“There were other businesses that we really admired and business we looked up to like Modular Records and the like. Those businesses were phenomenal businesses that had a huge impact on culture, but I don’t think they ended up with the best outcomes for those founders that they could have had.

“The Nine partnership allowed us to start taking calculated risks again. We didn’t have to be so defensive,” he ads.

Once Nine had bought a stake in the business, the fire once in the bellies of two twenty-year-olds returned. The pair launched a younger version of Pedestrian TV, Pez, and a number of new verticals which brands could align with, including Pedestrian Pets and Pedestrian Home.

The plan for the pair is now to build scale, to become like major broadcasters, who are making $100m worth of revenue.

But the pair will never stop targeting the 16-35 category, regardless of how their audience evolves.

What is next for the Pedestrian brand, now that it is owned by Nine?

“We’ve never wanted to grow up with our audience,” Wirasinha says. “That’s not really a recipe for continued success, because in 20 years time does that mean all of a sudden your audience is the grocery buying category?”

So what is to become of Pedestrian TV, a fully owned entity of Nine as of 2018?

A Nine multichannel, a literal Pedestrian TV, perhaps?

“It will be the number one place to reach young people in Australia without a doubt,” Martin says of the next five years.

“But funny you should mention the TV thing with Nine,” he laughs, looking over to Wirasinha.

“I mean we have this stupid name Pedestrian TV because dot com wasn’t available but it will all finally make sense.”

Wirasinha says Triple J is a brand they look towards, despite being owned by the government-funded broadcaster ABC.

“We’re looking to execute on something as ambitious and part of that is being multichannel and not just relying on a website that distributes content through Google and Facebook,” he says.

“Even though the ownership has fully transitioned it’s still about how Pedestrian stays separate and relevant, and in the same sort of way that Stan operates and has a huge success as a largely independent business, that’s what we are looking to achieve.”

“Out of any brand in the market that’s got a proven track record now of incubating founder-led businesses or businesses trying to disrupt a market, they’ve done a fantastic job of that, but they [Nine] know that the secret ingredient is giving those business the kind of space they need to operate and deliver those results.”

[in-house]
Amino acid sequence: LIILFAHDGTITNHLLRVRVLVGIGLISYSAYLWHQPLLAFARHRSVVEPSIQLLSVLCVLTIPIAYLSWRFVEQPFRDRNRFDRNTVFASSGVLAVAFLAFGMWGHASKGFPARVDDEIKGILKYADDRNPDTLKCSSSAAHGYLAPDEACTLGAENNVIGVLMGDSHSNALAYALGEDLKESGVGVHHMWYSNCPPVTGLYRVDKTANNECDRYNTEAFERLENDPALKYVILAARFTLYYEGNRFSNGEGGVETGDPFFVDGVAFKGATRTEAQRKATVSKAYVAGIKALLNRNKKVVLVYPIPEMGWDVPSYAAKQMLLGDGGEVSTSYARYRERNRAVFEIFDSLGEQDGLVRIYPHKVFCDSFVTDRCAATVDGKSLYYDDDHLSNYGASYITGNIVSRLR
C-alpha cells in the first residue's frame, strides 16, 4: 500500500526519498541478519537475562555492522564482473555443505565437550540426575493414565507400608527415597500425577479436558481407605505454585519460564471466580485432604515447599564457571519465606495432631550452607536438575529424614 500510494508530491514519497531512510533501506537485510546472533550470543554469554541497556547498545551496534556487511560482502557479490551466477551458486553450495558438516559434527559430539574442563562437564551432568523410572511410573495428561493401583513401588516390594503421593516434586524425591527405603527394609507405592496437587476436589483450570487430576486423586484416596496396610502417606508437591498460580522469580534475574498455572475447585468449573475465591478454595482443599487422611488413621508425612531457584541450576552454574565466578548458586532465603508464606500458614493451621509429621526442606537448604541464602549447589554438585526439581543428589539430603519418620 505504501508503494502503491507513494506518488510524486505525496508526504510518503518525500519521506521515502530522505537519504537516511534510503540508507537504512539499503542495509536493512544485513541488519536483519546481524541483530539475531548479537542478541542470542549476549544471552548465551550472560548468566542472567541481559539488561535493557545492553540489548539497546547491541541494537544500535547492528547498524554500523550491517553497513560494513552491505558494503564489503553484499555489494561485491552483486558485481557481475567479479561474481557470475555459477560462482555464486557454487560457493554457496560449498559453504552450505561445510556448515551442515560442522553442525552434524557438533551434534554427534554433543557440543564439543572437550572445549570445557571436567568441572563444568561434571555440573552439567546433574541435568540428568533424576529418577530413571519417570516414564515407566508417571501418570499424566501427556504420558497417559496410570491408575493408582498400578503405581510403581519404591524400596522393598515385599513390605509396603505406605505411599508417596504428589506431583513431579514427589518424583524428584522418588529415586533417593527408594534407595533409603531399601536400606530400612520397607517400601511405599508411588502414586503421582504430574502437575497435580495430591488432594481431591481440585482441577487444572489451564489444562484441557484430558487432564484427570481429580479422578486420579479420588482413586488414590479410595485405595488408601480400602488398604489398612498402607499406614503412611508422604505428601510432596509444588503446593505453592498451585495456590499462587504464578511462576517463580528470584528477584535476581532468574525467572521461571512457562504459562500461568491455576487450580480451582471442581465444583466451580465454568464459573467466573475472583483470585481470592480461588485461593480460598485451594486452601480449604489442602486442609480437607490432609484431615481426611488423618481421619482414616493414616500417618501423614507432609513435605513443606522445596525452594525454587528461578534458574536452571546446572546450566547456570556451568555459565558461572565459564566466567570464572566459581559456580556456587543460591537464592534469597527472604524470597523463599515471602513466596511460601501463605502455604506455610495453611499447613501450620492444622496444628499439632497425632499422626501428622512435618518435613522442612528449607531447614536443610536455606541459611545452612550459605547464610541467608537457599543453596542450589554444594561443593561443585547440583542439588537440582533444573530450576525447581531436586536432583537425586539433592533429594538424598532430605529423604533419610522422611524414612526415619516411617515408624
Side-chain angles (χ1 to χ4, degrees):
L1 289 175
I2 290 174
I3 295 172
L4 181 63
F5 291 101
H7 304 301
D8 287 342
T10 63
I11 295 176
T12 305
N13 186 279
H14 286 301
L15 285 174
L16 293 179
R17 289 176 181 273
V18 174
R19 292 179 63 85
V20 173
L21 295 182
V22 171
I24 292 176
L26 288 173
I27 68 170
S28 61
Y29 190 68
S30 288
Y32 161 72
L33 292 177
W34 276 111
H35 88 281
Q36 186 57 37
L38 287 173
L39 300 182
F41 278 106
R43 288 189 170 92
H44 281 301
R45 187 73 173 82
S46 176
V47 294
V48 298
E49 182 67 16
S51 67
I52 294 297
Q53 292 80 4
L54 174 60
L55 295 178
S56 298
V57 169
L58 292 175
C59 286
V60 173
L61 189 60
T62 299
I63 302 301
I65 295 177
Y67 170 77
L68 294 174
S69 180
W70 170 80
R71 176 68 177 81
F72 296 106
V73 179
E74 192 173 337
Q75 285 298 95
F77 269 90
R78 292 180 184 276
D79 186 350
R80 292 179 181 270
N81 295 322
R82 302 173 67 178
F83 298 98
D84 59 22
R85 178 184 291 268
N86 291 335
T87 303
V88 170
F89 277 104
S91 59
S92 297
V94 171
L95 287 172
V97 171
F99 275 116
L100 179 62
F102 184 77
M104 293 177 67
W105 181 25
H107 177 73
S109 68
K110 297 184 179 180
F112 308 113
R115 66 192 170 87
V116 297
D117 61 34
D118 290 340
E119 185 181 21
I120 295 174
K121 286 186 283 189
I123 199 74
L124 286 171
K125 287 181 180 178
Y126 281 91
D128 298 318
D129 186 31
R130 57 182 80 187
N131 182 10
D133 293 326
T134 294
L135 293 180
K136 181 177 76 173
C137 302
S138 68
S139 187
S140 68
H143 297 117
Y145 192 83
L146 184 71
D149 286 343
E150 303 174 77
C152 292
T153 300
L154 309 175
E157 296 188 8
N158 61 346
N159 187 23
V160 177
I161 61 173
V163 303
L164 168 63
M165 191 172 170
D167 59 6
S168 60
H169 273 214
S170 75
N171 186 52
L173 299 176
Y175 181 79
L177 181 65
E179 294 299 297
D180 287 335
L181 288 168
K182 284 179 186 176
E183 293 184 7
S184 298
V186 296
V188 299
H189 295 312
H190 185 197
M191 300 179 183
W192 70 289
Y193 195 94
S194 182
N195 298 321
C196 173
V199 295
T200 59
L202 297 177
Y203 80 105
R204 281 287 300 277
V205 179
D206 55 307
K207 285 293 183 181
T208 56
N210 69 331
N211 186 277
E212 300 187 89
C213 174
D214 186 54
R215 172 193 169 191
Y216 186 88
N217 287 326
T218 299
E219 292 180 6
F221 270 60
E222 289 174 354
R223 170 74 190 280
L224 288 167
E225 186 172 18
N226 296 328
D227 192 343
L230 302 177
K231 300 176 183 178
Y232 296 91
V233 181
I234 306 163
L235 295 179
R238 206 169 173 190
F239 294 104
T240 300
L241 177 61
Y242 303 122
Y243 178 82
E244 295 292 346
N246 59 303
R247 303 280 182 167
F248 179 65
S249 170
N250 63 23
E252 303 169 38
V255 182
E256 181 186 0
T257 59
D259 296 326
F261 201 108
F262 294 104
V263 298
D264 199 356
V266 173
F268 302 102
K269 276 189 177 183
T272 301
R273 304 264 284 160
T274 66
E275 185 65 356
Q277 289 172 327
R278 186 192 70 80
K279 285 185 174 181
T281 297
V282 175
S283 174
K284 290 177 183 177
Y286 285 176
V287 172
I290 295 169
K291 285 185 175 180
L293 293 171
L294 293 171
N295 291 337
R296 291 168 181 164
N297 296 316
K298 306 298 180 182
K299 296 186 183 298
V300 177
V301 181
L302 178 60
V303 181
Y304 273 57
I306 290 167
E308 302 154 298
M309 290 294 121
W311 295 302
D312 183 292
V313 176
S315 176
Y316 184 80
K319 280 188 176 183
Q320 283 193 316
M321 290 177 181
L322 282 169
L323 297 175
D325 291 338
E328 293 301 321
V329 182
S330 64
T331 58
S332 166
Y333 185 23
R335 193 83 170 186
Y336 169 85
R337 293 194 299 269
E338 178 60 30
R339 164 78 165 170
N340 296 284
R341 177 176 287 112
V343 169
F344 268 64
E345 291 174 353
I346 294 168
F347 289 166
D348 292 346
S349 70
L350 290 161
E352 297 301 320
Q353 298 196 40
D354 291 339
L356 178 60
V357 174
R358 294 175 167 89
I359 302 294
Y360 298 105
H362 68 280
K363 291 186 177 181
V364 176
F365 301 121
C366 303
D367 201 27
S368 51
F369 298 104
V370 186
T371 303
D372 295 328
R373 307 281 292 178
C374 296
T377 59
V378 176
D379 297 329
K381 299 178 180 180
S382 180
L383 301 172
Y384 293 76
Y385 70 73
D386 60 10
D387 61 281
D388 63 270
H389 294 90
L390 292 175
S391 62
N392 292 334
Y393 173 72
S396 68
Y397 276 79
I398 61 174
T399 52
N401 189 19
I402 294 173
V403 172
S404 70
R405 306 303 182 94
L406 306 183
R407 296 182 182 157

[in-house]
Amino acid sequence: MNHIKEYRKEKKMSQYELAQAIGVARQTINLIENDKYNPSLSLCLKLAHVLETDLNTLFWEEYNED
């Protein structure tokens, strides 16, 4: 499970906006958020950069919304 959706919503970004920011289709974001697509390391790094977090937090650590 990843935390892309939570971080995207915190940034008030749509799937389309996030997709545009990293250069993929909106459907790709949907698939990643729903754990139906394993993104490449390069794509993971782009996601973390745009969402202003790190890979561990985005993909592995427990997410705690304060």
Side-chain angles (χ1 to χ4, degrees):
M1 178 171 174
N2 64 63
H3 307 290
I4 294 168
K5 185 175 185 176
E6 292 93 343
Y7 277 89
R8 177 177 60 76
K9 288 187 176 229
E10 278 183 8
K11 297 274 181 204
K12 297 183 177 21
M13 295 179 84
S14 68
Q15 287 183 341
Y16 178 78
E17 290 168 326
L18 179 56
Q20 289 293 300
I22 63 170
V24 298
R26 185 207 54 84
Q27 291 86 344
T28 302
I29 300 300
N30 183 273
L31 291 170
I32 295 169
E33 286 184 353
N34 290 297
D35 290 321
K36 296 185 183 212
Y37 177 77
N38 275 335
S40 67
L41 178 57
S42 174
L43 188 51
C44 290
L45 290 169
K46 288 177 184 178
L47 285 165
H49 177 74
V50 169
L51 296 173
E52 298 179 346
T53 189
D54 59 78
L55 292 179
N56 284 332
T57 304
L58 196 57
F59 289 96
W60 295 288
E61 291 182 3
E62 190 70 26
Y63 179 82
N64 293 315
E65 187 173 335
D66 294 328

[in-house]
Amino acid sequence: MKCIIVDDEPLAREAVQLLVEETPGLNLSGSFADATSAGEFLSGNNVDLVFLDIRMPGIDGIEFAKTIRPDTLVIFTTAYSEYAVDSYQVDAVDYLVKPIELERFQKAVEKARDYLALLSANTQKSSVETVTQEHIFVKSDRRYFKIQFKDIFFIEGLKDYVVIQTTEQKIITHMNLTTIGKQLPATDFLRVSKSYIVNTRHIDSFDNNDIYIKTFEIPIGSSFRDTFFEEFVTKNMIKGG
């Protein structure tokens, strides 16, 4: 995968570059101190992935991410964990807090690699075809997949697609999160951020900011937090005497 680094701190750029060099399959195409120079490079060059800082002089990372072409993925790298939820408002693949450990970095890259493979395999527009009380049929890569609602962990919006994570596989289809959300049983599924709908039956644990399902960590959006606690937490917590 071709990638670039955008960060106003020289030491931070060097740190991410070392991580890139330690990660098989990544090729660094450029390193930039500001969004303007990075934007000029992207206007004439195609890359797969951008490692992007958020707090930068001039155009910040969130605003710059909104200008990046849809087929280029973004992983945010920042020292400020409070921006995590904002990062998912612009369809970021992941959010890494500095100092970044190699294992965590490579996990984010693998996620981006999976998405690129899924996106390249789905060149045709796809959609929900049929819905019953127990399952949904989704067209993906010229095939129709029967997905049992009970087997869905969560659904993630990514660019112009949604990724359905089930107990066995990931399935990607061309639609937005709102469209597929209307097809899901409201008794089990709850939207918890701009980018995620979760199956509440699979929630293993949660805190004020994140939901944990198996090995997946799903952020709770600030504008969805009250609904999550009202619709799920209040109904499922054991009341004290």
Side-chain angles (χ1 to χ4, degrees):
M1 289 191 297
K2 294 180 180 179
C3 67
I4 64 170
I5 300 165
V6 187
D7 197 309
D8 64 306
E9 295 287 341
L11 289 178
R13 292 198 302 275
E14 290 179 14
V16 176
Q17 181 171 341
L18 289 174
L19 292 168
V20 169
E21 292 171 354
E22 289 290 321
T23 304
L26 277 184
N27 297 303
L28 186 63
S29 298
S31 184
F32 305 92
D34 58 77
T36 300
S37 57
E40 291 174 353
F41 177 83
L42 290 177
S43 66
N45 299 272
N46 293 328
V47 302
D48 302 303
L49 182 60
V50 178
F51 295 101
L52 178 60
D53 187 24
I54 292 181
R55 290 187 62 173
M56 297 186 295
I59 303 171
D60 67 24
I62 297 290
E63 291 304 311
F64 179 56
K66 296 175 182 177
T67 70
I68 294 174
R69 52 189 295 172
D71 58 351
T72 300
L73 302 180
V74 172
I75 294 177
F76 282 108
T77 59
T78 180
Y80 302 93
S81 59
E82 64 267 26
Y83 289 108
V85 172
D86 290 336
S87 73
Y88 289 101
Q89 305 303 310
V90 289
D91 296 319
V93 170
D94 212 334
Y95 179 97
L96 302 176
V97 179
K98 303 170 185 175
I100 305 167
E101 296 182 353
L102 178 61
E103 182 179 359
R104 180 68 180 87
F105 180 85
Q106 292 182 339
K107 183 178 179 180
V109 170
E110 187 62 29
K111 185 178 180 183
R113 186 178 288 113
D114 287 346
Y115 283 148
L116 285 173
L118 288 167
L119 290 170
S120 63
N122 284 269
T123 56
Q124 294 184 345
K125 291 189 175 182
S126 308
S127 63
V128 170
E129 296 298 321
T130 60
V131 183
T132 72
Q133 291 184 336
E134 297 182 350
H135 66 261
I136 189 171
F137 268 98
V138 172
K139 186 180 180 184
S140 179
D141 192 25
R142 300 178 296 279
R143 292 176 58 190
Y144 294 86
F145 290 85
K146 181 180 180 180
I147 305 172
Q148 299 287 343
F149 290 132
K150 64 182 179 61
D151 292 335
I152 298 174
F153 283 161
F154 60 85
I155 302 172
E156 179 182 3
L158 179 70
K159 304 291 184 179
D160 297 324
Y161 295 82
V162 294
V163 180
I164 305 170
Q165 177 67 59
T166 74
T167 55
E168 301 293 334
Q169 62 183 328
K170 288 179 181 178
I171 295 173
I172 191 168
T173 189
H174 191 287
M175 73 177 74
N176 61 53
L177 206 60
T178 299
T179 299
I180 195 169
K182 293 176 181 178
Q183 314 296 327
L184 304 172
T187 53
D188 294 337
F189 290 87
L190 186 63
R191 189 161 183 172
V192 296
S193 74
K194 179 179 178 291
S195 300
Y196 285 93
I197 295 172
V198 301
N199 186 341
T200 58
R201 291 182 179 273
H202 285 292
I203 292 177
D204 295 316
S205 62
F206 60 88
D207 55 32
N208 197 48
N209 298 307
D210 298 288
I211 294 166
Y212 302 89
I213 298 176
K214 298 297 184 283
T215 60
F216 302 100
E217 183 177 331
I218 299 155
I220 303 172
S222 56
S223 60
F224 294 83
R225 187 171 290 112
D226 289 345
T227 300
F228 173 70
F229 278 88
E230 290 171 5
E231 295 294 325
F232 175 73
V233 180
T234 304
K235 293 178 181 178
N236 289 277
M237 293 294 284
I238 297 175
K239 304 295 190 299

In the meantime, Martin and Wirasinha will still be involved in the day to day running of the business and be involved in some capacity until beyond 2020, at least. But they’re hoping that when they do finally depart, the brand and its strength in the market will remain.

“We’ve got such a phenomenal team that – to be honest – there’s days where we don’t even need to be here because we’ve got a team. Everyone knows what they need to do and we’ve built a really thriving team of superstars who are killing it,” Wirasinha says.

The pair will continue to work with the business ‘beyond 2020’

“You have to be concerned when you have these founders that have this overbearing presence in their businesses, because it doesn’t scale very well. That’s what we’ve always wanted to do: build a business that scales to heights that people have never even seen, that a digital-first publisher has achieved in Australia. And we can’t just do that with Oscar and us.”

It’s been a long, challenging, but worthwhile journey for those two twenty something year olds who had passion and an idea. But if they launched again today, would they do anything different?

“100%. To start with we’d structure the business,” Martin laughs.

“Media has changed a lot, but at the same time, I think the core of why the brand worked is probably true today.

“The DVD – no one had seen anything like it… it became a must-watch. Doing something that is so different and stands out is good advice, because it worked, for us.”